Dalle de Verre (literally ‘slabs of glass”) was invented in the 1930s and became popular for liturgical windows during the 1950s and 60s. It is made by embedding thick (1″) slabs of colored glass in a matrix of 2-part epoxy cement. Although it is much stronger than traditional leaded stained glass, it is still capable of being broken by determined vandals.
This post describes the epic task of restoring a badly vandalized Dalle de Verre installation at the historic Holy Hope Catholic Cemetery in mid-town Tucson AZ,
This impressive work of art, made from Dalle de Verre, serves as an emblematic sign for the historic Holy Hope Cemetery (established 1907) on Oracle road in Tucson. It was dedicated in the 1970s to the memory of Claud Sutherland:
The sign is about 15 feet wide and 9 feet high and is composed of 15 panels, each about 3 feet square and weighing about 100 lbs. Although Dalle de Verre, with its 1″ thick slabs of glass, is much stronger than conventional leaded stained glass, it is still vulnerable to determined vandalism.
This was the case in early 2022 when unknown miscreants attacked the sign resulting cracking of the epoxy resin matrix and the breaking and removal of numerous glass dalles.
In addition, the iron framework, holding the panels in place, was damaged with broken welding joints and detaching of the anchors securing the frame to the stucco pillars.
Restoring Dalle de Verre – the challenges
Artistry in Glass has considerable experience in the repair of Dalle de Verre in the Tucson area but this project presented serious logistical challenges.
In particular, the weight of these large panels (over 100 lbs), and their method of installation make their removal (especially the high ones) difficult. One important issue is that moving is likely to result in further damage as the heavy panels with cracked resin matrix can easily break apart.
Therefore, a hybrid repair method was designed in which the seriously damaged panels were removed for complete re-fabrication and minor damage was fixed in situ.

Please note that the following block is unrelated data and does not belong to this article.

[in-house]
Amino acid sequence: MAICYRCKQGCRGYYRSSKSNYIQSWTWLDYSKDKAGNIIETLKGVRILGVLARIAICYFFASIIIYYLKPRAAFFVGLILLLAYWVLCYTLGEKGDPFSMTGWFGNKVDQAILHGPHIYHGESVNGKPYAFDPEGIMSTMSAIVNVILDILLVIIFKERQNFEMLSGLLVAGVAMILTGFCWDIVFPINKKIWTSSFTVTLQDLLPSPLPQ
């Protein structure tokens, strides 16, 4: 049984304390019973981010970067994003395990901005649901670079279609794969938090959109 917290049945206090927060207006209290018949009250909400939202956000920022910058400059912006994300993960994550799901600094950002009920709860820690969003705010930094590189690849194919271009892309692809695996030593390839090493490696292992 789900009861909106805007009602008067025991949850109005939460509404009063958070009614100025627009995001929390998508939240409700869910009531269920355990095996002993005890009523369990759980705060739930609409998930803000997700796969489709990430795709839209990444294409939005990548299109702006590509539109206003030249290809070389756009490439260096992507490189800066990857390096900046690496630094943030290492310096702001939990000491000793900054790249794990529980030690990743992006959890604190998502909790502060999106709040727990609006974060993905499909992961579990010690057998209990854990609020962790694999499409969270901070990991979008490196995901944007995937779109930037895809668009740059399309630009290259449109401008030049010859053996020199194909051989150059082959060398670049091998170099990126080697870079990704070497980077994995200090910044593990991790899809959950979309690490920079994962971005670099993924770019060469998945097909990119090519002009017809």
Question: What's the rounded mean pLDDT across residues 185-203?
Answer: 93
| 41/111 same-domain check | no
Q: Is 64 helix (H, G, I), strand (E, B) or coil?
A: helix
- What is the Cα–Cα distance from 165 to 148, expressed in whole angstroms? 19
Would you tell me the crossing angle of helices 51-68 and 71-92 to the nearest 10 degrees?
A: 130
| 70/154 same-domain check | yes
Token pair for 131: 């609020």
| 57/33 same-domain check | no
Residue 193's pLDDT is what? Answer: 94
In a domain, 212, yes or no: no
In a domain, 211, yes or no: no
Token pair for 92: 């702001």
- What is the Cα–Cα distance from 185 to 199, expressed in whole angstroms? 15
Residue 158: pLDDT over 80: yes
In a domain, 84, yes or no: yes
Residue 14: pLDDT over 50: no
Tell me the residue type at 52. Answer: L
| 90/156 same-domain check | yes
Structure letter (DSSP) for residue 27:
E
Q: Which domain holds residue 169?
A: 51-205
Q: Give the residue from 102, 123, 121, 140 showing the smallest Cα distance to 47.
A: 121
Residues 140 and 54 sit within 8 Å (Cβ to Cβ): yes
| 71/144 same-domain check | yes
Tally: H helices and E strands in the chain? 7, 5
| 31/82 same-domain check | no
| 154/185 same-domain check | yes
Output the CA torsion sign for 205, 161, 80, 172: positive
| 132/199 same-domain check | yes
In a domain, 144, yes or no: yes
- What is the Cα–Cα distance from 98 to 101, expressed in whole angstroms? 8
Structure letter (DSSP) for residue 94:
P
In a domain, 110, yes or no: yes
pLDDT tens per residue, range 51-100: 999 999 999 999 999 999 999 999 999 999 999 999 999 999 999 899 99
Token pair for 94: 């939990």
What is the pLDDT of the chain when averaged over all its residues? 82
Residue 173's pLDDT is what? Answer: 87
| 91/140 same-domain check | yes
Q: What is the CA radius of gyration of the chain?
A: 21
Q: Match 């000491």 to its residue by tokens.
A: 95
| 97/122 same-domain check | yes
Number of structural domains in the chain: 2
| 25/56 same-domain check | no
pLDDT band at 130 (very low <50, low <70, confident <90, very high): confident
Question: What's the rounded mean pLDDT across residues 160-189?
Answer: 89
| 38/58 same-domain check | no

A second, and more difficult, problem is that the original supplier of Dalles – the famous Blenko Glass Company from West Virginia has discontinued production – leaving only one US supplier (Kokomo Opalescent Glass Co., in Indiana).
Unfortunately, the inventory at Kokomo is limited and several of the required colors were not available. According, we have had to be highly creative – sourcing hard-to-find glass from comrades in the glass business (special thanks to Nidia at the Mezalick Studio in Philadelphia), and creating our own glass colors by fusing and laminating thinner colored glass.
We thank our supervisors at Tucson Catholic Cemeteries (Mike Marum and architect John Shaheen) for their accommodation in accepting slight color variations.
Several panels were completely re-fabricated including the most seriously damaged example:
Before and After
Repair and repainting
In addition to addressing the effects of the vandalism, Artistry in Glass also repainted important details of the artwork (face and feet) that had faded due to natural weathering.
Restoring of ironwork
In a separate restoration contract, the Artistry in Glass welding and metalworking crew completely upgraded the metal support system.
Addition steel bracing was installed and secured to the stucco columns,
The final two panels were successfully installed on Monday, December 19. During this procedure, the iron/steel framework was carefully cleaned and painted black. In addition, damaged stucco was repaired and painted.
Artistry in Glass is your source for antique repair in Tucson
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